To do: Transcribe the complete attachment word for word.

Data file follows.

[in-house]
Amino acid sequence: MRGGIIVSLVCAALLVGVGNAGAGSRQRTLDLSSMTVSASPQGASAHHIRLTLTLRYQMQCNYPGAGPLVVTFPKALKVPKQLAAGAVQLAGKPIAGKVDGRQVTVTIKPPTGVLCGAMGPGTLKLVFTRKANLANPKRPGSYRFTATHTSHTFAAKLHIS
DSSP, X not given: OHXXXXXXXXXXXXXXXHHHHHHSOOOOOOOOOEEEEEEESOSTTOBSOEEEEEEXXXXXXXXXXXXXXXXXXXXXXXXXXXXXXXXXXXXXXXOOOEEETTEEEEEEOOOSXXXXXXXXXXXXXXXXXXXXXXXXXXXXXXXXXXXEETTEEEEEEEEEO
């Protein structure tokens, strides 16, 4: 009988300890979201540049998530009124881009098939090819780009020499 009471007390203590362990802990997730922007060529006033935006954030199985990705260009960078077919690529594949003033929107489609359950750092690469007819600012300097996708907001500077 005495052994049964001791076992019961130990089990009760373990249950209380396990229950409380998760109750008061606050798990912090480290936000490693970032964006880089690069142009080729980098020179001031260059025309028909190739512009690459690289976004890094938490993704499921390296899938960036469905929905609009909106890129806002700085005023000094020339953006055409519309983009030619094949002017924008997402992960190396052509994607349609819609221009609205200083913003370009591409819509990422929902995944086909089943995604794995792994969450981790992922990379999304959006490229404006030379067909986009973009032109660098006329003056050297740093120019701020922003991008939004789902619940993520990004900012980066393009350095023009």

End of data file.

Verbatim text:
[in-house]
Amino acid sequence: MRGGIIVSLVCAALLVGVGNAGAGSRQRTLDLSSMTVSASPQGASAHHIRLTLTLRYQMQCNYPGAGPLVVTFPKALKVPKQLAAGAVQLAGKPIAGKVDGRQVTVTIKPPTGVLCGAMGPGTLKLVFTRKANLANPKRPGSYRFTATHTSHTFAAKLHIS
DSSP, X not given: OHXXXXXXXXXXXXXXXHHHHHHSOOOOOOOOOEEEEEEESOSTTOBSOEEEEEEXXXXXXXXXXXXXXXXXXXXXXXXXXXXXXXXXXXXXXXOOOEEETTEEEEEEOOOSXXXXXXXXXXXXXXXXXXXXXXXXXXXXXXXXXXXEETTEEEEEEEEEO
């Protein structure tokens, strides 16, 4: 009988300890979201540049998530009124881009098939090819780009020499 009471007390203590362990802990997730922007060529006033935006954030199985990705260009960078077919690529594949003033929107489609359950750092690469007819600012300097996708907001500077 005495052994049964001791076992019961130990089990009760373990249950209380396990229950409380998760109750008061606050798990912090480290936000490693970032964006880089690069142009080729980098020179001031260059025309028909190739512009690459690289976004890094938490993704499921390296899938960036469905929905609009909106890129806002700085005023000094020339953006055409519309983009030619094949002017924008997402992960190396052509994607349609819609221009609205200083913003370009591409819509990422929902995944086909089943995604794995792994969450981790992922990379999304959006490229404006030379067909986009973009032109660098006329003056050297740093120019701020922003991008939004789902619940993520990004900012980066393009350095023009």